When Leaders Fail: The Process for Handling Sexual Abuse in the Church
The Houston Chronicle recently published a series of articles on sexual abuse in the Southern Baptist Convention. My church belongs to the convention. Robert Downen and the authors of this report deserve our thanks. They exposed our sin. Let me state the obvious, something I haven’t heard from our leadership. One of the reasons the SBC has not acted up to this point is because a few of the leaders—those in power—were the very ones guilty of the offenses or of covering them up.
The autonomy of our churches is a lame excuse for not acting on horrors of sexual abuse. Our resources are far greater than those of the Houston Chronicle. If a newspaper can create a database, then we could have done the same. The oft-repeated claim in the SBC is not lost on me: “We can do more together than alone.” Why would this principle not apply to reporting sexual abuse?! We should not support any leader who falls back on the excuse of autonomy. These leaders are part of the problem, not part of the solution.
Too many individual churches took the path of “we don’t want to hurt the entire congregation with this issue” and hid the abuse or dismissed accusations. Satan uses this line of thinking to continue the horrors. Jesus left the ninety-nine to go find the one. Protecting one is the same as protecting the entire church.
What can you do? What can your church do? You may not be part of the SBC, but you can be prepared to act.
Report the abuse immediately. There are no exceptions. Always report. Always, even if the victim asks you not to report it. Never put the responsibility back with victims and ask them to report. Abuse is not only a sin; it’s a crime. The nuance of who is a mandated reporter in certain communities is not relevant. Communicate regularly with your church that any member should report abuse. In light of the Chronicle’s report, I’ve seen some terrible advice out there about gathering witnesses and keeping the accusations within the church first. No filters through the church hierarchy are needed. If you know of abuse, report it immediately. Period.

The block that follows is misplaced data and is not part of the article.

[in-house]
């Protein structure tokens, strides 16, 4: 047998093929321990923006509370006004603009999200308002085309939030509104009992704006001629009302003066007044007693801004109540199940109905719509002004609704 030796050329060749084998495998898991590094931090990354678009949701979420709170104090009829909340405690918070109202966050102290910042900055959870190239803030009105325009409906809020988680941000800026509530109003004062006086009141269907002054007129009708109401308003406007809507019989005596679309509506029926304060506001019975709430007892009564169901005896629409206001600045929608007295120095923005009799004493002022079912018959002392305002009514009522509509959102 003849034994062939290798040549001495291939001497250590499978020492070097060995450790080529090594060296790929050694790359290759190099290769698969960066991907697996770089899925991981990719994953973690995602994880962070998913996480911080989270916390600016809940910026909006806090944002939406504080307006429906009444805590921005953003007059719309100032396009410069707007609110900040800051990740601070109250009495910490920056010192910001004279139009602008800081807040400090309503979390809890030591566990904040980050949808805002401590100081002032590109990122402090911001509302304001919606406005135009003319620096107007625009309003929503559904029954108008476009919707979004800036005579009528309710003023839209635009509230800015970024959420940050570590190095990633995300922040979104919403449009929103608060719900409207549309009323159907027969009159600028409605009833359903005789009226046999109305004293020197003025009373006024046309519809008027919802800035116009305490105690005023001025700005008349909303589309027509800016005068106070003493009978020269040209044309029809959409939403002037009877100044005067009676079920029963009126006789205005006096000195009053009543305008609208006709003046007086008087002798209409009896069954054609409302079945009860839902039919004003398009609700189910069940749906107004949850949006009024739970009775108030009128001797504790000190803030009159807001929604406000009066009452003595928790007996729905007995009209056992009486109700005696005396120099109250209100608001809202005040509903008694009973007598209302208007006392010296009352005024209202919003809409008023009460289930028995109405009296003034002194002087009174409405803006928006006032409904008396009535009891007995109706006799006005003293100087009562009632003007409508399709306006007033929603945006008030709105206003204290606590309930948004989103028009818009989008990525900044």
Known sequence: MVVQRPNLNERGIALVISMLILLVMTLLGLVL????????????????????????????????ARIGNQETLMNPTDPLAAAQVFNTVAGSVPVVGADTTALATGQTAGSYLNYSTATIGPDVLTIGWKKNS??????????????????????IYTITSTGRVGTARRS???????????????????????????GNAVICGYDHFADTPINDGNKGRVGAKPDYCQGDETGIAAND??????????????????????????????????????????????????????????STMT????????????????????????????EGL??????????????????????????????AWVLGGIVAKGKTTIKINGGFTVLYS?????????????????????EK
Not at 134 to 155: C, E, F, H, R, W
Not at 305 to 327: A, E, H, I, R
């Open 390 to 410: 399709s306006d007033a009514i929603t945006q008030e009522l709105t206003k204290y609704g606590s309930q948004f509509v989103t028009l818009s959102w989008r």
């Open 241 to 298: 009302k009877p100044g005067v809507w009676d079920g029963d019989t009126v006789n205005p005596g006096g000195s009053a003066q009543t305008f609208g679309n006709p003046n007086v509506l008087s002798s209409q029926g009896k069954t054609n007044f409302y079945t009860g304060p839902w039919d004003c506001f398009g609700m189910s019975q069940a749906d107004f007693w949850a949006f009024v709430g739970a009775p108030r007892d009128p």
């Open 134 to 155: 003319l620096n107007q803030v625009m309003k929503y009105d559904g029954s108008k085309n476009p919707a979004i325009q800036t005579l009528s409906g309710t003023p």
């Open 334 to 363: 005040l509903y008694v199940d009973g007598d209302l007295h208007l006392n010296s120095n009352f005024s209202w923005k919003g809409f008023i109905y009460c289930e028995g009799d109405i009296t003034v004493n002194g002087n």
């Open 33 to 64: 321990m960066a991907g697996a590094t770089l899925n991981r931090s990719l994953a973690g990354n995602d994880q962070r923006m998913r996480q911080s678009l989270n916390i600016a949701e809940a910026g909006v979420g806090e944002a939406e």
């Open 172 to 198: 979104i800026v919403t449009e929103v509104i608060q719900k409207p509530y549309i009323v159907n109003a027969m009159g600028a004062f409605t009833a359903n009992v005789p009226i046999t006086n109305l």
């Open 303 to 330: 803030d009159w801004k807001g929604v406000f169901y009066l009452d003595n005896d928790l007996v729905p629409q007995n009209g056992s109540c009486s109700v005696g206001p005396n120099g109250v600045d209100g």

Believe those who have been traumatized. The trauma of abuse is exacerbated when people question if the offenses really happened.
Cooperate with enforcement agencies. Hand over computers and personnel files if necessary. Seek advice from those in these agencies. Be proactive, not reactive.
Remove the offender from leadership. If you are unsure about the evidence, then the offender should at least be isolated. Do not allow a preacher back into the pulpit. Do not allow a student pastor to continue mentoring. Do not allow a worship pastor to lead the choir. In most cases, the offender will be permanently removed. My personal theology is pastors and ministers are permanently disqualified from church leadership when guilty of sexual abuse.
Seek outside counsel. Inform your insurance company about what is happening. Seek legal help. Do not attempt to do your own investigation first.
What about those who face false accusations? First, such cases are rare. The issue within the SBC is not a rampant problem of false accusations. These cases are real! Second, if you have accountability systems in place and follow through with enforcement agencies, then they will often clear the names of those who are wrongly accused.
We are in a dark season. The consequences of our sins will likely last much longer than we realize. The storm does not end with the Chronicle’s report.